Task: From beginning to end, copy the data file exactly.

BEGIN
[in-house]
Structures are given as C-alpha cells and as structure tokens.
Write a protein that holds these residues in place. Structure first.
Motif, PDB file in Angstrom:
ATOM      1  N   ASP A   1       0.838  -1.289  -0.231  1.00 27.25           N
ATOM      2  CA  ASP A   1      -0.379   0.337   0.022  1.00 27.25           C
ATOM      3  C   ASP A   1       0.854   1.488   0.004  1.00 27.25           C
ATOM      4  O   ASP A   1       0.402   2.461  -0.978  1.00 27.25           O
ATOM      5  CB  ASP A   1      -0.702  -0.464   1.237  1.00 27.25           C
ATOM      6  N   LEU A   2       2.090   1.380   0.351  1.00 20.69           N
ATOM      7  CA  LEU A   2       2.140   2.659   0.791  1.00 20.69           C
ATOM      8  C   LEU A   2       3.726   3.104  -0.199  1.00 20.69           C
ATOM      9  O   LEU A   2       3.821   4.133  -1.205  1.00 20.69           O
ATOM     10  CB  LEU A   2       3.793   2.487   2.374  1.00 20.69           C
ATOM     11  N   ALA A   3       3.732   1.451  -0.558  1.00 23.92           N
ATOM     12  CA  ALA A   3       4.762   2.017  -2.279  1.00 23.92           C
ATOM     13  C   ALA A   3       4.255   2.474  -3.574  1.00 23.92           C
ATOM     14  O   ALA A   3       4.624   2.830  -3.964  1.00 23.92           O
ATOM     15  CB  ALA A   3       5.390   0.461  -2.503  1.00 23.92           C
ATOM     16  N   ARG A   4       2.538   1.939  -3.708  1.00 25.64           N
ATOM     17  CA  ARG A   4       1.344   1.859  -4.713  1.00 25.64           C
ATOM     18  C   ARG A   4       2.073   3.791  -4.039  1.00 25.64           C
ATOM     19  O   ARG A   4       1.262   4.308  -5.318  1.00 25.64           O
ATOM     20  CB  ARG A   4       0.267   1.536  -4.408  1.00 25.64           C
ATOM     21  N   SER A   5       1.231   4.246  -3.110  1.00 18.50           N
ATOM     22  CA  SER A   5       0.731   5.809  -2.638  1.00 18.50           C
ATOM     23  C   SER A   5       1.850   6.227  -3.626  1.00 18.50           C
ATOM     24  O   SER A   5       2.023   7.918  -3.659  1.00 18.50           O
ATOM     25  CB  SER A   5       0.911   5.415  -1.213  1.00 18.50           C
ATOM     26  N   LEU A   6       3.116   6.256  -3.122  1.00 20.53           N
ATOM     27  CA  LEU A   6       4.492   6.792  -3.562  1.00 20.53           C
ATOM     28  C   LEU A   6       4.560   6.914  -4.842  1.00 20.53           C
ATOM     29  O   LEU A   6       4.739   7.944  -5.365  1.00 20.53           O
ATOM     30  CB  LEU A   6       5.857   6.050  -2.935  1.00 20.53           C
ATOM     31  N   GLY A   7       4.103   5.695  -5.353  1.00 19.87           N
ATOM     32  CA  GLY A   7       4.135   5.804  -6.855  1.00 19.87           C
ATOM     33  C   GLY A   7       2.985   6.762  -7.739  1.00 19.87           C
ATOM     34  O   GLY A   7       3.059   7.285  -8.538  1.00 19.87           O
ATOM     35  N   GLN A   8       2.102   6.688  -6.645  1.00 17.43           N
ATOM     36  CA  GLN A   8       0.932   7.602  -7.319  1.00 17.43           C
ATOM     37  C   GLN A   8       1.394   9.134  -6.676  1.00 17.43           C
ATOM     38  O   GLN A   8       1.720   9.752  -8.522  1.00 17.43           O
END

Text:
[in-house]
Structures are given as C-alpha cells and as structure tokens.
Write a protein that holds these residues in place. Structure first.
Motif, PDB file in Angstrom:
ATOM      1  N   ASP A   1       0.838  -1.289  -0.231  1.00 27.25           N
ATOM      2  CA  ASP A   1      -0.379   0.337   0.022  1.00 27.25           C
ATOM      3  C   ASP A   1       0.854   1.488   0.004  1.00 27.25           C
ATOM      4  O   ASP A   1       0.402   2.461  -0.978  1.00 27.25           O
ATOM      5  CB  ASP A   1      -0.702  -0.464   1.237  1.00 27.25           C
ATOM      6  N   LEU A   2       2.090   1.380   0.351  1.00 20.69           N
ATOM      7  CA  LEU A   2       2.140   2.659   0.791  1.00 20.69           C
ATOM      8  C   LEU A   2       3.726   3.104  -0.199  1.00 20.69           C
ATOM      9  O   LEU A   2       3.821   4.133  -1.205  1.00 20.69           O
ATOM     10  CB  LEU A   2       3.793   2.487   2.374  1.00 20.69           C
ATOM     11  N   ALA A   3       3.732   1.451  -0.558  1.00 23.92           N
ATOM     12  CA  ALA A   3       4.762   2.017  -2.279  1.00 23.92           C
ATOM     13  C   ALA A   3       4.255   2.474  -3.574  1.00 23.92           C
ATOM     14  O   ALA A   3       4.624   2.830  -3.964  1.00 23.92           O
ATOM     15  CB  ALA A   3       5.390   0.461  -2.503  1.00 23.92           C
ATOM     16  N   ARG A   4       2.538   1.939  -3.708  1.00 25.64           N
ATOM     17  CA  ARG A   4       1.344   1.859  -4.713  1.00 25.64           C
ATOM     18  C   ARG A   4       2.073   3.791  -4.039  1.00 25.64           C
ATOM     19  O   ARG A   4       1.262   4.308  -5.318  1.00 25.64           O
ATOM     20  CB  ARG A   4       0.267   1.536  -4.408  1.00 25.64           C
ATOM     21  N   SER A   5       1.231   4.246  -3.110  1.00 18.50           N
ATOM     22  CA  SER A   5       0.731   5.809  -2.638  1.00 18.50           C
ATOM     23  C   SER A   5       1.850   6.227  -3.626  1.00 18.50           C
ATOM     24  O   SER A   5       2.023   7.918  -3.659  1.00 18.50           O
ATOM     25  CB  SER A   5       0.911   5.415  -1.213  1.00 18.50           C
ATOM     26  N   LEU A   6       3.116   6.256  -3.122  1.00 20.53           N
ATOM     27  CA  LEU A   6       4.492   6.792  -3.562  1.00 20.53           C
ATOM     28  C   LEU A   6       4.560   6.914  -4.842  1.00 20.53           C
ATOM     29  O   LEU A   6       4.739   7.944  -5.365  1.00 20.53           O
ATOM     30  CB  LEU A   6       5.857   6.050  -2.935  1.00 20.53           C
ATOM     31  N   GLY A   7       4.103   5.695  -5.353  1.00 19.87           N
ATOM     32  CA  GLY A   7       4.135   5.804  -6.855  1.00 19.87           C
ATOM     33  C   GLY A   7       2.985   6.762  -7.739  1.00 19.87           C
ATOM     34  O   GLY A   7       3.059   7.285  -8.538  1.00 19.87           O
ATOM     35  N   GLN A   8       2.102   6.688  -6.645  1.00 17.43           N
ATOM     36  CA  GLN A   8       0.932   7.602  -7.319  1.00 17.43           C
ATOM     37  C   GLN A   8       1.394   9.134  -6.676  1.00 17.43           C
ATOM     38  O   GLN A   8       1.720   9.752  -8.522  1.00 17.43           O